Smooch - The Babel Fish of Texting

By Michael Finneran
29 Nov 2018

Text, particularly mobile text, clearly ranks among the greatest innovations we have seen in telecommunications in the past 50 years. To put that in perspective, TouchTone dialing was introduced about 50 years ago. While not much has happened on the TouchTone front, text continues to evolve and users’ enchantment with the capability allows it to find its way into all corners of our business and personal lives. One company that is looking to build on that success is Smooch.

While the recently retired AOL Instant Messenger first popularized the idea of exchanging text messages among the millennial generation in the early 1990s, it was the mobile carriers’ introduction of Short Message Service (SMS) that exposed the larger population to the joys of communicating via text.

Today, traditional SMS usage is on the decline as most smartphone users have switched to texting services like Apple Messages, WhatsApp or one of the myriad of other OTT texting services that operate over your cellular data plan or Wi-Fi. Given its role as the “least common denominator” of mobile text, SMS is seeing something of a resurgence with services like Uber and with the growing population of online services that use a text-delivered one-time code as the second factor in a two-factor authentication.

However, for regular day-to-day use, users feel no need to limit their communications to 160 alphanumeric characters, and opt for the much richer texting experience that the premium services can offer.

For businesses, however, the strategic importance of mobile text is found in the contact center. In the emerging omnichannel contact center, the ability to support text is now coming to rival the importance of supporting telephone calls. The advantages of adding mobile text to the contact center’s arsenal of tools has not been lost on the texting industry, but the business model there has been based on reinforcing walled gardens rather than promoting openness and interoperability (the “Rainbows and Unicorns” of the digital age).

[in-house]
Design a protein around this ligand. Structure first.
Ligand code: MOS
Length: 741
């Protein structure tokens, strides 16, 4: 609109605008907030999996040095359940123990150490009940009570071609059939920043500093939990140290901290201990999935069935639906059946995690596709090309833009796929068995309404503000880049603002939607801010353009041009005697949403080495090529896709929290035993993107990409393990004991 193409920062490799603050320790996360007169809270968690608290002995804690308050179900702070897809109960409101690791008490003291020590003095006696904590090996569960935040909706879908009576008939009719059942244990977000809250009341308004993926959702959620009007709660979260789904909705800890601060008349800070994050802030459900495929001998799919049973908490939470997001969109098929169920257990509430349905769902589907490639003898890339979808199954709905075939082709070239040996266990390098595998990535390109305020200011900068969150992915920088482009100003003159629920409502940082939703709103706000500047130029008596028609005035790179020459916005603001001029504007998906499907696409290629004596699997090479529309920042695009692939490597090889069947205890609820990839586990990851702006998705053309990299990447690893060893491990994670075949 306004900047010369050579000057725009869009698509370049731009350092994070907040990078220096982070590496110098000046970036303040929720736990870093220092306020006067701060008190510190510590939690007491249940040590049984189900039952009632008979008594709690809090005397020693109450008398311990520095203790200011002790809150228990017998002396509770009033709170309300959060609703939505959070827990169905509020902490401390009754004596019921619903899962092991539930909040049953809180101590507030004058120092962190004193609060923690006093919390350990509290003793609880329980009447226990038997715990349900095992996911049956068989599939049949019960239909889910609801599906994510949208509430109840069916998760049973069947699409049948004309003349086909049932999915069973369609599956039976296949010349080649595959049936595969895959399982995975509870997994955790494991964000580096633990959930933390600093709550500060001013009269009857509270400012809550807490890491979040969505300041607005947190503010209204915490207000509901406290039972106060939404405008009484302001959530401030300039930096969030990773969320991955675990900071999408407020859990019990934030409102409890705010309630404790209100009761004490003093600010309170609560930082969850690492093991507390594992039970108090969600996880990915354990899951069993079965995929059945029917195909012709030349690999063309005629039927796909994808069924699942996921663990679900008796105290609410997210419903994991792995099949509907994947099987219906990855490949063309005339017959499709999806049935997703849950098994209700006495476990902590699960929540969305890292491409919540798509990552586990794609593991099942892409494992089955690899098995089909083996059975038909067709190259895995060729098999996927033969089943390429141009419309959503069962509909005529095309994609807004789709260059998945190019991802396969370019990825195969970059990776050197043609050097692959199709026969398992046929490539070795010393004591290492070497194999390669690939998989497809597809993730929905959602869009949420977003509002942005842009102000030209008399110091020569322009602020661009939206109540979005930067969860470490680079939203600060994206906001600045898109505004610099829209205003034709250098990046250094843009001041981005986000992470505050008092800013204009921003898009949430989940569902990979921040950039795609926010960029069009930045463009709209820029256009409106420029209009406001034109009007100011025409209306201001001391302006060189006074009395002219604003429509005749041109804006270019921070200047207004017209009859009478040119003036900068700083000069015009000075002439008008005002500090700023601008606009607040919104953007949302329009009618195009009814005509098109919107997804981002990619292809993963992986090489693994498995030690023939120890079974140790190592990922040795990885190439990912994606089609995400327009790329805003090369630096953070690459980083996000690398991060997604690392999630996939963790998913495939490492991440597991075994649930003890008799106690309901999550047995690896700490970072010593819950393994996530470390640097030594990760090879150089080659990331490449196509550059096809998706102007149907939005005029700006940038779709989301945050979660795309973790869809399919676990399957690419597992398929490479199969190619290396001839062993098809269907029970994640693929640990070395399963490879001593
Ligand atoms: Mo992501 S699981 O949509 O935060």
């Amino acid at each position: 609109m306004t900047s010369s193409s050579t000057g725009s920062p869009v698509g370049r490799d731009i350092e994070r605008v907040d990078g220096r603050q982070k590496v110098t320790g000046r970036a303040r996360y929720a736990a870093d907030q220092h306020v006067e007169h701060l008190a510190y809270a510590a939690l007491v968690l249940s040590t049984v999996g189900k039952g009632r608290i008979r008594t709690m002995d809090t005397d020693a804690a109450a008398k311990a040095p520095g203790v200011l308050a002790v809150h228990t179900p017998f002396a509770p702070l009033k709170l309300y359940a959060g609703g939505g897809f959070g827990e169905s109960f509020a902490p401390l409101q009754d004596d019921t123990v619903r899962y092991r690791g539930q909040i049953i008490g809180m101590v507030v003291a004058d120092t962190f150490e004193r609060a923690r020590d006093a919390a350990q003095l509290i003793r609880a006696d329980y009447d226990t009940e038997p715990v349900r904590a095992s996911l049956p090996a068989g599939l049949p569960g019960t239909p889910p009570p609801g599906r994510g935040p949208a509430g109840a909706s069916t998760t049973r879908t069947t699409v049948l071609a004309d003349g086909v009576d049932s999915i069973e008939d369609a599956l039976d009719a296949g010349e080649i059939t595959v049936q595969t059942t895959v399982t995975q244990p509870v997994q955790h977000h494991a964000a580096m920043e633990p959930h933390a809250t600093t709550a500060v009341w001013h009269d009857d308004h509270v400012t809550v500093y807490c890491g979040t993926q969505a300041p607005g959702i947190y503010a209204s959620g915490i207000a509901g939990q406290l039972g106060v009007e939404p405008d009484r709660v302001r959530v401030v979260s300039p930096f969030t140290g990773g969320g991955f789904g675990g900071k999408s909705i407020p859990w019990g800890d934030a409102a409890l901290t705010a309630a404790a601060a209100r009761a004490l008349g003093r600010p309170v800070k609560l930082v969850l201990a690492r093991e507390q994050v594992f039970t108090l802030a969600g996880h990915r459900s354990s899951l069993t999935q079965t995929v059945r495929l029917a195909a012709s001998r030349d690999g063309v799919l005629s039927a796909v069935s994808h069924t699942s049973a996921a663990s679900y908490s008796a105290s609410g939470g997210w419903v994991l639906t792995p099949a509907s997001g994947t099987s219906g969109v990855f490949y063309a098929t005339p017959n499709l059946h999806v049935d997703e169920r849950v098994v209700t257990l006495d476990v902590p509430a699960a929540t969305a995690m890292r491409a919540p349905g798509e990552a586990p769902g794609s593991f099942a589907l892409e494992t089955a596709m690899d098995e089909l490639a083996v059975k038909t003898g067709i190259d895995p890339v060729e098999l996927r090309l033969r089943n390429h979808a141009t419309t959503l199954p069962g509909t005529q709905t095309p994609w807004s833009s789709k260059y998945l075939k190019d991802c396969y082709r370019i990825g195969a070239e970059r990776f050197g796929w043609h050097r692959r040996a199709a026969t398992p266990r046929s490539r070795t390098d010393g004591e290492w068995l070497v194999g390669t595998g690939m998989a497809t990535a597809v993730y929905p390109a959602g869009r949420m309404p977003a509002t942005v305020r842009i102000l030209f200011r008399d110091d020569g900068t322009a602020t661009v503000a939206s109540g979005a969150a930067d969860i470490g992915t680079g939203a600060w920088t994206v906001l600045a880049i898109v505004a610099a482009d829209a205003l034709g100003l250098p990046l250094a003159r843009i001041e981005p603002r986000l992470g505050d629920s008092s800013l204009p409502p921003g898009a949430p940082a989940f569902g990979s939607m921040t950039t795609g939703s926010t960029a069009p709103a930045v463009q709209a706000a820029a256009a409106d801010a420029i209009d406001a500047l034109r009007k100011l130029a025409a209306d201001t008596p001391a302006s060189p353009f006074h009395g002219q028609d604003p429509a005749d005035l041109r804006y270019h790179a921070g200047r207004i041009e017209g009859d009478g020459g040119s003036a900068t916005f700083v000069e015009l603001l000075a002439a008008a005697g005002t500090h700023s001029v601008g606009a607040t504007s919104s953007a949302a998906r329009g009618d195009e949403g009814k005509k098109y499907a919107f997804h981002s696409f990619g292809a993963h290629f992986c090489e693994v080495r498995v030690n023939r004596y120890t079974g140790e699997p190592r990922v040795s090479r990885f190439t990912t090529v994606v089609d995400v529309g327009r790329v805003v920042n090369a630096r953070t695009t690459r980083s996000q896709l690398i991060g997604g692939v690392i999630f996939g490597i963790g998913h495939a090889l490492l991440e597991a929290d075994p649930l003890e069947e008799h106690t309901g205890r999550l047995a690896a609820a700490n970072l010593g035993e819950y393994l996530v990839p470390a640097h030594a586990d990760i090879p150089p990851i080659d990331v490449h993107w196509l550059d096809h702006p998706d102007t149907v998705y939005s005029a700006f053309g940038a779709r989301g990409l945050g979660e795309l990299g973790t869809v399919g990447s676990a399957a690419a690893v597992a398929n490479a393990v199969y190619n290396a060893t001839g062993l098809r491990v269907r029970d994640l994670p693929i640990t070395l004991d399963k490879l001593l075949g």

Apple probably has the most well thought out strategy with its Apple Business Chat (ABC), though the uptake thus far has been underwhelming. The dilemma for contact center operators is that ABC supports Apple devices only and operates through Apple Messages. Translation: ABC support is a great way to piss off your Android-equipped customers. Apple Messages rules with the Apple population, but once you start getting into Android, the range of potential solutions multiplies to the point that you don’t even want to think about it.

Some hold out the hope that Rich Communications Service (RCS), the second coming of SMS bringing the carriers’ legacy service up to the level the majors were at 5+ years ago, will be their ultimate salvation. However, Apple doesn’t support it and never will. The self-delusional still cling to that hope, but trust me, that will happen the same week Kim Jung Un throws his missiles in the ocean and starts dancing Gangnam Style with Psy.

That’s where Smooch comes in. According to Warren Levitan, President and CEO of Smooch, they have developed a platform that can support a single API to a contact center or other customer service platform that opens the door to ABC, WhatsApp, SMS (of course), and a dozen other messaging platforms transparently and with full functionality. Like Douglas Adams’ Babel Fish, Smooch could bring the ubiquitous access of SMS to the entire panoply of rich text options.

I haven’t seen Smooch in action and I cannot vouch for its efficacy, but if this thing really works it could be a major step forward. Contact center operators, too, recognize the potential impact of text on customer engagement, but seem frozen in place while digesting the range of rich text platforms they might have to support to make that vision a reality. A “one and done” solution for this dilemma would seem like a gift from God.

Twilio and the other CPaaS providers have proved that there is great value in outsourcing annoying network functions to someone else, and a Babel Fish-like universal rich text translator could produce a win of similar scale.

This is one I’ll be watching.

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